I’m digging this up because it was referenced here: `https://discourse.pymc.io/t/random-intercepts-and-slopes-correlated-convergence-issues/2865/15`

. I suspect that the issue has to do with the conflict between:

and

This to me sounded like a Simpson’s paradox. Having dug up the notebook, it seems that this is the case. Plotting the posteriors of model `Random effect on the intercepts and slopes`

gives strongly anti-correlated within-subject estimates:

but looking across samples

```
tis = trace_intercept_slope
for j in range(3):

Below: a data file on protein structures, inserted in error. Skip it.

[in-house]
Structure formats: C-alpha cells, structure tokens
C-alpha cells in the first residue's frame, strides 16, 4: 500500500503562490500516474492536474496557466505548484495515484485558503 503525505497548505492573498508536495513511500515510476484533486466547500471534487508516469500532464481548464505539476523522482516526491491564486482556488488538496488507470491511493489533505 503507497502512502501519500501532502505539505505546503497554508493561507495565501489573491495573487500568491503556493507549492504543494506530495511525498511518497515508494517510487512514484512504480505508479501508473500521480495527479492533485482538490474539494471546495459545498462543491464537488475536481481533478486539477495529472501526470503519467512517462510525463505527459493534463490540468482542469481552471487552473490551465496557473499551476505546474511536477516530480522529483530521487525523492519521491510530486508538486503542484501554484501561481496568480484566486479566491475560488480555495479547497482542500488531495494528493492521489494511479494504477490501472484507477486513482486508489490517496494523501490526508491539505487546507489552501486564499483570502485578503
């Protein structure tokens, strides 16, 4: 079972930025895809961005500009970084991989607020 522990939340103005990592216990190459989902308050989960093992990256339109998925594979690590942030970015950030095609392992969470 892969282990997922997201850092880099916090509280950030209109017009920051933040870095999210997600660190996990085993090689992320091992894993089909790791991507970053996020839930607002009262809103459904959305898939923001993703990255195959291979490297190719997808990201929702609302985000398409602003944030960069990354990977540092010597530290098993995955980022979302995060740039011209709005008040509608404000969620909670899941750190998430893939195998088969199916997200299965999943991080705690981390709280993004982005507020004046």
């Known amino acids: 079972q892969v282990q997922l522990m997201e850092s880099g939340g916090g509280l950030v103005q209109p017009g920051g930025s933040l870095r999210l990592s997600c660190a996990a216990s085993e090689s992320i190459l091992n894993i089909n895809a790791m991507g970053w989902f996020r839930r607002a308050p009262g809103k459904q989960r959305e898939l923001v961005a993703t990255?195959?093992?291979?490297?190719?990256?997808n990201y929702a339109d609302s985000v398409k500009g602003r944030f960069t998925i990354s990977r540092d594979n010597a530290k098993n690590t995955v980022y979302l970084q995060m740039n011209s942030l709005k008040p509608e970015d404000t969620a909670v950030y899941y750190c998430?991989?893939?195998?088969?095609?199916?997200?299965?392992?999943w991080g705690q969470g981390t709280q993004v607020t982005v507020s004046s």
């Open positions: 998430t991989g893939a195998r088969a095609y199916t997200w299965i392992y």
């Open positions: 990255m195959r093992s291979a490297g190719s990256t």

sns.scatterplot(tis['gamma_Z_slope'][:, j], tis['gamma_Z_intercept'][:, j], alpha=0.2)
plt.figure()
colors = ['red', 'black', 'orange', 'yellow', 'green', 'blue', 'purple', 'magenta']
all_vals = [[],[]]
for j in range(tis['gamma_Z_slope'].shape[1]):
sns.scatterplot(tis['gamma_Z_slope'][:150, j],
tis['gamma_Z_intercept'][:150, j],
color=colors[j % len(colors)],
alpha=0.2)
all_vals[0].extend(tis['gamma_Z_slope'][:150, j])
all_vals[1].extend(tis['gamma_Z_intercept'][:150, j])
np.cov(np.array(all_vals))
```

Or using a bivariate normal approximation:

The overall covariance (using the posterior samples `all_vals`

) between slope and intercept is

\mathbf{\Sigma} = \left(\begin{array}{cc} 36.7 & 3.5 \\ 3.5 & 645.2\end{array}\right)

which lines up with